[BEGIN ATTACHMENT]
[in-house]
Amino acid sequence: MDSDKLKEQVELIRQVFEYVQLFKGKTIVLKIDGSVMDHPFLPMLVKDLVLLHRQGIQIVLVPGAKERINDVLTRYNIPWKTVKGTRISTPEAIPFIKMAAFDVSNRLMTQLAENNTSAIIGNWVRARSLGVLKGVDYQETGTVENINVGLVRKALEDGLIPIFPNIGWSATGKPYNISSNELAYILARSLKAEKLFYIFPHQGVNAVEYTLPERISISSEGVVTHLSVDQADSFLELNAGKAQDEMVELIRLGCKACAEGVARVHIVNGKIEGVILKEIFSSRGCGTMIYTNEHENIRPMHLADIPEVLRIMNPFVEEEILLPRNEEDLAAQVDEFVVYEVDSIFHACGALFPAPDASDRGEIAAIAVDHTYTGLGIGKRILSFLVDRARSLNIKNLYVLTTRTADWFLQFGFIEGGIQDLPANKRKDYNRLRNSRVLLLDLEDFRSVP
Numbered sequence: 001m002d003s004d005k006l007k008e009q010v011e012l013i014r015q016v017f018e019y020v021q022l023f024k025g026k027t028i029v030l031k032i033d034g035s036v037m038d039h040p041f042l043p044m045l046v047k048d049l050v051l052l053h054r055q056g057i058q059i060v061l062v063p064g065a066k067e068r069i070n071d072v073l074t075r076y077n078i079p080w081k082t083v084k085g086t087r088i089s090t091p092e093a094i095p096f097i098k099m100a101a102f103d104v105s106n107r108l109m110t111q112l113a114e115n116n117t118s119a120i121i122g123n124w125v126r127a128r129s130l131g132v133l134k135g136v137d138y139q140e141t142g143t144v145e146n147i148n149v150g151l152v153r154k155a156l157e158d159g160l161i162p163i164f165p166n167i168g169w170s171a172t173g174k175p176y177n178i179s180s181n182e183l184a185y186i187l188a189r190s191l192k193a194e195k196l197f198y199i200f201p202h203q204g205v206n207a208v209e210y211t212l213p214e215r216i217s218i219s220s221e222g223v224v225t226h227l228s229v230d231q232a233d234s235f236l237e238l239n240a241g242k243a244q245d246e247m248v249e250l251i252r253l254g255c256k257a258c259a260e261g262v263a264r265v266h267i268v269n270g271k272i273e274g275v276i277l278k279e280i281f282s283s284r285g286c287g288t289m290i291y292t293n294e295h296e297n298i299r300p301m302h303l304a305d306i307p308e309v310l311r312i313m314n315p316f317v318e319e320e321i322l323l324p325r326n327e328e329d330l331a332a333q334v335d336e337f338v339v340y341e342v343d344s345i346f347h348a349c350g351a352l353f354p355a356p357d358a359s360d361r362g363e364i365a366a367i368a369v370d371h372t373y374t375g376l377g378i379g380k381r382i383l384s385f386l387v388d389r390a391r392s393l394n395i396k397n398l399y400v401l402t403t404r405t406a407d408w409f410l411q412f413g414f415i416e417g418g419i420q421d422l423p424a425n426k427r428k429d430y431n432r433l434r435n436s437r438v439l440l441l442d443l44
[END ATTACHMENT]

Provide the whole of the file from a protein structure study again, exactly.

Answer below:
[in-house]
Amino acid sequence: MDSDKLKEQVELIRQVFEYVQLFKGKTIVLKIDGSVMDHPFLPMLVKDLVLLHRQGIQIVLVPGAKERINDVLTRYNIPWKTVKGTRISTPEAIPFIKMAAFDVSNRLMTQLAENNTSAIIGNWVRARSLGVLKGVDYQETGTVENINVGLVRKALEDGLIPIFPNIGWSATGKPYNISSNELAYILARSLKAEKLFYIFPHQGVNAVEYTLPERISISSEGVVTHLSVDQADSFLELNAGKAQDEMVELIRLGCKACAEGVARVHIVNGKIEGVILKEIFSSRGCGTMIYTNEHENIRPMHLADIPEVLRIMNPFVEEEILLPRNEEDLAAQVDEFVVYEVDSIFHACGALFPAPDASDRGEIAAIAVDHTYTGLGIGKRILSFLVDRARSLNIKNLYVLTTRTADWFLQFGFIEGGIQDLPANKRKDYNRLRNSRVLLLDLEDFRSVP
Numbered sequence: 001m002d003s004d005k006l007k008e009q010v011e012l013i014r015q016v017f018e019y020v021q022l023f024k025g026k027t028i029v030l031k032i033d034g035s036v037m038d039h040p041f042l043p044m045l046v047k048d049l050v051l052l053h054r055q056g057i058q059i060v061l062v063p064g065a066k067e068r069i070n071d072v073l074t075r076y077n078i079p080w081k082t083v084k085g086t087r088i089s090t091p092e093a094i095p096f097i098k099m100a101a102f103d104v105s106n107r108l109m110t111q112l113a114e115n116n117t118s119a120i121i122g123n124w125v126r127a128r129s130l131g132v133l134k135g136v137d138y139q140e141t142g143t144v145e146n147i148n149v150g151l152v153r154k155a156l157e158d159g160l161i162p163i164f165p166n167i168g169w170s171a172t173g174k175p176y177n178i179s180s181n182e183l184a185y186i187l188a189r190s191l192k193a194e195k196l197f198y199i200f201p202h203q204g205v206n207a208v209e210y211t212l213p214e215r216i217s218i219s220s221e222g223v224v225t226h227l228s229v230d231q232a233d234s235f236l237e238l239n240a241g242k243a244q245d246e247m248v249e250l251i252r253l254g255c256k257a258c259a260e261g262v263a264r265v266h267i268v269n270g271k272i273e274g275v276i277l278k279e280i281f282s283s284r285g286c287g288t289m290i291y292t293n294e295h296e297n298i299r300p301m302h303l304a305d306i307p308e309v310l311r312i313m314n315p316f317v318e319e320e321i322l323l324p325r326n327e328e329d330l331a332a333q334v335d336e337f338v339v340y341e342v343d344s345i346f347h348a349c350g351a352l353f354p355a356p357d358a359s360d361r362g363e364i365a366a367i368a369v370d371h372t373y374t375g376l377g378i379g380k381r382i383l384s385f386l387v388d389r390a391r392s393l394n395i396k397n398l399y400v401l402t403t404r405t406a407d408w409f410l411q412f413g414f415i416e417g418g419i420q421d422l423p424a425n426k427r428k429d430y431n432r433l434r435n436s437r438v439l440l441l442d443l44